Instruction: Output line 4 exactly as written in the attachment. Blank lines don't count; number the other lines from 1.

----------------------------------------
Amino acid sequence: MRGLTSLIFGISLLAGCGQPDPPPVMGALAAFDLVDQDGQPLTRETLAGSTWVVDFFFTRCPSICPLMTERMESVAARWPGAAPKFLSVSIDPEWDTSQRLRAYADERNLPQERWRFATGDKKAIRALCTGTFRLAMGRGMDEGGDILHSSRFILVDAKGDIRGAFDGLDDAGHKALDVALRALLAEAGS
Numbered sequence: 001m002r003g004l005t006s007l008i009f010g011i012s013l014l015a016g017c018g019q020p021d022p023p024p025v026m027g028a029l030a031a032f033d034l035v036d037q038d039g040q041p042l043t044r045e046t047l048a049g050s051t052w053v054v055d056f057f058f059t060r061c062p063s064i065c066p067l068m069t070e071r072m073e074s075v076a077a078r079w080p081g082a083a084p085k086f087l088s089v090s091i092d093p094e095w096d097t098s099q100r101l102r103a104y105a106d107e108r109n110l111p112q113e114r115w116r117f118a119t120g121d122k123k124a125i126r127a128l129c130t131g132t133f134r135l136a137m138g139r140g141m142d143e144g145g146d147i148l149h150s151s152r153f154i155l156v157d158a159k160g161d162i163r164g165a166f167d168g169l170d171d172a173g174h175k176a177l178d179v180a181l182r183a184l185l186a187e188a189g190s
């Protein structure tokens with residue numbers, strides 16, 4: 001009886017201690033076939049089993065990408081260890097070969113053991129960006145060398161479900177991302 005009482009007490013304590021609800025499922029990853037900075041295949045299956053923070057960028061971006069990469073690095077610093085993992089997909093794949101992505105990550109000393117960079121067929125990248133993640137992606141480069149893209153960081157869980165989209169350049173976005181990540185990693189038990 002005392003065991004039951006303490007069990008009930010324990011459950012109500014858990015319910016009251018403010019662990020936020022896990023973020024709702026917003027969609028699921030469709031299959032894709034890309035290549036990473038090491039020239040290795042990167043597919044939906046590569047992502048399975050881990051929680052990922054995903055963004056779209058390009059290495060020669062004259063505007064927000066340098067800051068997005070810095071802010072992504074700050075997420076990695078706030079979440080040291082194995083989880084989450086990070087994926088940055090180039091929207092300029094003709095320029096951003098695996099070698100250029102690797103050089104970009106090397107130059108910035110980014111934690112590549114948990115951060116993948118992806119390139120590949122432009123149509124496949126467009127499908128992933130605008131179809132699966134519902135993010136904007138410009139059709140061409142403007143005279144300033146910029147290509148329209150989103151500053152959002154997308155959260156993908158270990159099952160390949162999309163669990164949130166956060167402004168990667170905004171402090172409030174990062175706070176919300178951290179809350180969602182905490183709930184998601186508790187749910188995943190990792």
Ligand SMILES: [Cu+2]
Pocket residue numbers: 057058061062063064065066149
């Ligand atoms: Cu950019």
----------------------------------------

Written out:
Ligand SMILES: [Cu+2]